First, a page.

Caroline Howard has been onstage locally for most of her young life.
She has moved audiences with her versatile dancing, mature acting and powerful voice. Now the 10-year-old is taking her talents to the Big Apple.
Caroline will take part in a benefit concert Monday in New York City celebrating the 50th anniversary of the Broadway musical Fiddler on the Roof.
The event, produced by the National Yiddish Theatre — Folksbiene, will bring together the largest-ever reunion of Fiddler alumni from stage and film. Caroline will be part of a children's chorus and share the stage with legends like lyricist Sheldon Harnick and actors Chaim Topol and Pia Zadora.
The benefit concert at the Town Hall, in the heart of the Manhattan theater district, will be Caroline's most prestigious gig. She will take the stage for three group songs, including Sunrise, Sunset.
"I think it will feel really cool to get in front of everyone and perform and do what I love to do," she said.
Philip Carrubba, a spokesman for the show, called "Raising the Roof 2014," said Caroline is part of a big event that will also celebrate the National Yiddish Theatre's 100th season and Harnick's 90th birthday.
"It's going to be a great opportunity for her," he said. "It's going to be a once-in-a-lifetime event."
Caroline has traveled to New York to audition for roles. She did not win the roles but got close. So it means a lot to her to get a part in this benefit concert. She was recommended for the job this time and didn't have to audition.
"It's awesome," she said, grinning.
Linda Switzer thinks it's about time Caroline hit the big stage. She has worked as her voice teacher for four years and has watched her snag roles in St. Petersburg, Bradenton, Sarasota and Naples.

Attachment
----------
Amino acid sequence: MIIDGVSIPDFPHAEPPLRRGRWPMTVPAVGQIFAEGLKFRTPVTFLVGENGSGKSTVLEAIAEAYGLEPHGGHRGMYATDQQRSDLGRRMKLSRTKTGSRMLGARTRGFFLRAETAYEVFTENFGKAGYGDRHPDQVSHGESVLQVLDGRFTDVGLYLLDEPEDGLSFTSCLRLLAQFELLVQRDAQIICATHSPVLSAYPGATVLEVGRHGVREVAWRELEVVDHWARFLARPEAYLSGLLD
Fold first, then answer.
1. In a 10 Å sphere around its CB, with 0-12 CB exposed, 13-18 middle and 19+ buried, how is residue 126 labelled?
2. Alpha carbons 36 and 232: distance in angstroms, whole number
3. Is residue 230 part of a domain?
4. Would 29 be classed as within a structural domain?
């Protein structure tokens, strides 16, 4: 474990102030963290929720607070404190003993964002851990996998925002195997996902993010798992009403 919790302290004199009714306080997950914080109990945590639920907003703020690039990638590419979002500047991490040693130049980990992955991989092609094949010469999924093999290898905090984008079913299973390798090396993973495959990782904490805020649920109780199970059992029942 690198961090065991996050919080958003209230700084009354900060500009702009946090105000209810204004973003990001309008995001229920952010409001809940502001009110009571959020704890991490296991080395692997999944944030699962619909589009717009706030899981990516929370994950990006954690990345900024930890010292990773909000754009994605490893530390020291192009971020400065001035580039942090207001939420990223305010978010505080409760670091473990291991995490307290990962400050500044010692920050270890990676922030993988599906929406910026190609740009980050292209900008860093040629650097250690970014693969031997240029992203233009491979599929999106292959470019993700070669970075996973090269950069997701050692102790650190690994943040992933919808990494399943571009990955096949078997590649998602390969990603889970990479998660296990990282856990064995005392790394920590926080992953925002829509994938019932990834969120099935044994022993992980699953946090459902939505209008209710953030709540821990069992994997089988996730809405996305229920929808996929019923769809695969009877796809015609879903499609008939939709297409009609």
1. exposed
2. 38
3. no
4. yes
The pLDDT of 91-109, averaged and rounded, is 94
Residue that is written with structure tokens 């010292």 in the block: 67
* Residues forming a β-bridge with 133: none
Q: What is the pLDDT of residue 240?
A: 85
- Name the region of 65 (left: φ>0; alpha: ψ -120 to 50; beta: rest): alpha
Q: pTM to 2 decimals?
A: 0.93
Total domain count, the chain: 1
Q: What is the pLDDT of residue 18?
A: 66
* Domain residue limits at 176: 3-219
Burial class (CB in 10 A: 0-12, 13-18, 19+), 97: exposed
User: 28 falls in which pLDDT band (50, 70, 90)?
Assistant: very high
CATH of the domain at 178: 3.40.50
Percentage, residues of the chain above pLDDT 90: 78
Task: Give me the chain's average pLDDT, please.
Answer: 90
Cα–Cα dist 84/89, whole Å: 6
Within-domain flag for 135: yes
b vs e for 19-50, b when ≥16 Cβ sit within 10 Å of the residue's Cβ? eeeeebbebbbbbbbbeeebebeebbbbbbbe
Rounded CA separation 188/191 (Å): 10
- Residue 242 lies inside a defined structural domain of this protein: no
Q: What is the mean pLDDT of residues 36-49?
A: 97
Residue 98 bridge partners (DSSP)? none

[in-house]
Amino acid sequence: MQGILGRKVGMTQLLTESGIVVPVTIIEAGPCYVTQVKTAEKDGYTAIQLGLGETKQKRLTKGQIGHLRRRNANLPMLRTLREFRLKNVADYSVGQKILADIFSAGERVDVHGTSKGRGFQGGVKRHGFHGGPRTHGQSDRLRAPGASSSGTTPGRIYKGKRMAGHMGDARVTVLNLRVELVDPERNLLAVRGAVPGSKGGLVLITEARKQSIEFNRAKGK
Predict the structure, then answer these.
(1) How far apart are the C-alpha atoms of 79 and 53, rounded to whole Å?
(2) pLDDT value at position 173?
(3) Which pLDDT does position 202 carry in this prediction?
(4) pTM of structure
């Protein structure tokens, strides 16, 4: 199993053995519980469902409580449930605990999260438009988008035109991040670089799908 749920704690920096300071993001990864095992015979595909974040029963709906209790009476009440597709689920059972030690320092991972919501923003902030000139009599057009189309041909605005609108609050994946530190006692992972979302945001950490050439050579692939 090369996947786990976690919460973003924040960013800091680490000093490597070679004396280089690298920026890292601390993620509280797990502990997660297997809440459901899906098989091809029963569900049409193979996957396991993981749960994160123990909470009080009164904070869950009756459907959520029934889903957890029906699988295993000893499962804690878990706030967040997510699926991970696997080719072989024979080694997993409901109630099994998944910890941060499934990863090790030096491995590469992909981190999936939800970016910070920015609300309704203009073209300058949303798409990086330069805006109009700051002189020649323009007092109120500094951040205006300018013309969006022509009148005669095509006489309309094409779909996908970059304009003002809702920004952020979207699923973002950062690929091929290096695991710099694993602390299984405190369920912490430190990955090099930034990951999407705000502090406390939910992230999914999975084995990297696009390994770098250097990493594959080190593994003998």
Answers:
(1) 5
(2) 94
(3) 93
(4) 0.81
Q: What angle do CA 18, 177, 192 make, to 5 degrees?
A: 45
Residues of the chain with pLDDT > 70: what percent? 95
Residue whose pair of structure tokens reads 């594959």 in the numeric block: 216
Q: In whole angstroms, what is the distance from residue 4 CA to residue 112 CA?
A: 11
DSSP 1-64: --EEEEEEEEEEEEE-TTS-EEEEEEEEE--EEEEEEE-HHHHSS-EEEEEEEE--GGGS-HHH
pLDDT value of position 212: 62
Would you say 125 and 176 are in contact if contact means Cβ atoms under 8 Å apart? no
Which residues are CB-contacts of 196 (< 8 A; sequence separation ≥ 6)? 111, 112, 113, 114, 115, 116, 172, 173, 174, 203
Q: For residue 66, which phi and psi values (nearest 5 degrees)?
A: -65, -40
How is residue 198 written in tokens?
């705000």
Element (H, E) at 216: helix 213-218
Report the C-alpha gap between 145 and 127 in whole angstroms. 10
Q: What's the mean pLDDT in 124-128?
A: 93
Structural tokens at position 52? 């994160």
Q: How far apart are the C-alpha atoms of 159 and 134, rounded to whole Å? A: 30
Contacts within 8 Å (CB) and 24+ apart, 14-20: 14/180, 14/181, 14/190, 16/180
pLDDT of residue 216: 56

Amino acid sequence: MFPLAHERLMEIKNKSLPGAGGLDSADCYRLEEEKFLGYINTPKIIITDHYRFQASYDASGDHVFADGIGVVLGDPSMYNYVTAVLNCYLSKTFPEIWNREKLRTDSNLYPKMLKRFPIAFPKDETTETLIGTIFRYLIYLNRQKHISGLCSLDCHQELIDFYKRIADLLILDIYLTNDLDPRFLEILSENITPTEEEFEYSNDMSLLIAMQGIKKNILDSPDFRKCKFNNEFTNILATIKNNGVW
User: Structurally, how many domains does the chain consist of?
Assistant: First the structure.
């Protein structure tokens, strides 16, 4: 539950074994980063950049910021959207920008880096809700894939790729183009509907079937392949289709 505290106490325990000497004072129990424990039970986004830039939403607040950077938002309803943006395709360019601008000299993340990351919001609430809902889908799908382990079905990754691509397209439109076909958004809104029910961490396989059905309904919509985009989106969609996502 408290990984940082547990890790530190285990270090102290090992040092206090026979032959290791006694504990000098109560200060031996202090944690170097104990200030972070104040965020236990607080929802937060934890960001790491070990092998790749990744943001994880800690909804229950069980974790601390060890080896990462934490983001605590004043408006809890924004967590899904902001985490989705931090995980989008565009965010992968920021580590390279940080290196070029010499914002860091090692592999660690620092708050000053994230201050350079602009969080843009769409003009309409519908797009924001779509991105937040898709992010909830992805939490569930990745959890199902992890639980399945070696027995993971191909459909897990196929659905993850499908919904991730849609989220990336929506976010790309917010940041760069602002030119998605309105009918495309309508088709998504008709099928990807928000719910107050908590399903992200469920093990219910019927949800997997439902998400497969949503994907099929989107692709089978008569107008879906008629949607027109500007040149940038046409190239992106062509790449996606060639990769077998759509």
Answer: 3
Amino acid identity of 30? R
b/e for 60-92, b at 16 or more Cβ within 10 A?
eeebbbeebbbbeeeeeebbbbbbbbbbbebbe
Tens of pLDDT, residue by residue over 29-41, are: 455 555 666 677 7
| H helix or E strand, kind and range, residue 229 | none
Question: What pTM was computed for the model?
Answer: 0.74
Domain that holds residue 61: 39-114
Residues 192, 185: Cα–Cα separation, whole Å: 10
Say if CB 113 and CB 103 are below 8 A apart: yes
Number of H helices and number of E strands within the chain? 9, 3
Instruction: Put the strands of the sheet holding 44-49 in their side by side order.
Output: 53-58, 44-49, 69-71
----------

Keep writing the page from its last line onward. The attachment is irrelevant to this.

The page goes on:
Switzer remembers their first meeting. She said the youngster had a "lovely voice" and a winning personality.
"She's very intelligent," Switzer said. "She also has talent. What I love about Caroline is that she prepares like an adult."
Switzer has worked with many students in the Tampa area over the years. Some have made it big, such as Brittany Snow, who had roles in the movies Hairspray and Pitch Perfect, and Milly and Abigail Shapiro, who have appeared on Broadway.
Switzer, who runs the Florida Arts School in Tampa, said Caroline has the skills to succeed, too.
Caroline got her start in the arts the way many kids do: Her parents thought it would be cute to see her in a tutu.
Her father, Mike, who works in financial services, and mother, Whitney, who's a physical therapist, enrolled their 3-year-old in a dance class at the Theatre Arts & Dance Alliance in Lithia.
Around that time, Caroline also began watching her parents' VHS tapes of musicals like Annie. She watched them over and over and over. When Annie came to Ruth Eckerd Hall, the Howard family was in the audience.
"She was mesmerized and loved every second of it," Whitney Howard said. "She said, 'Mom, I want to do that.' "
A friend got them information on local community theater groups. In no time, Caroline started winning bigger and better roles.
Others outside Florida noticed the youngster's talent, too.
At age 6, she made it into the top 25 during an audition in New York for the national tour of Annie. She has also tried out for roles in Matilda and Billy Elliott.
In addition to a voice teacher, Caroline has a manager and an agent. These days, she also earns a paycheck for some of her work on the stage. Her parents have set that money aside for her future.
Caroline would love a career on the stage, preferably in New York City.
"I absolutely love it," said the Valrico Academy student. "I love all the lights and stuff in Times Square. It's not ordinary. It's a lot different. It's very busy, and I like that."
Monica Bennett cam be reached at firstname.lastname@example.org.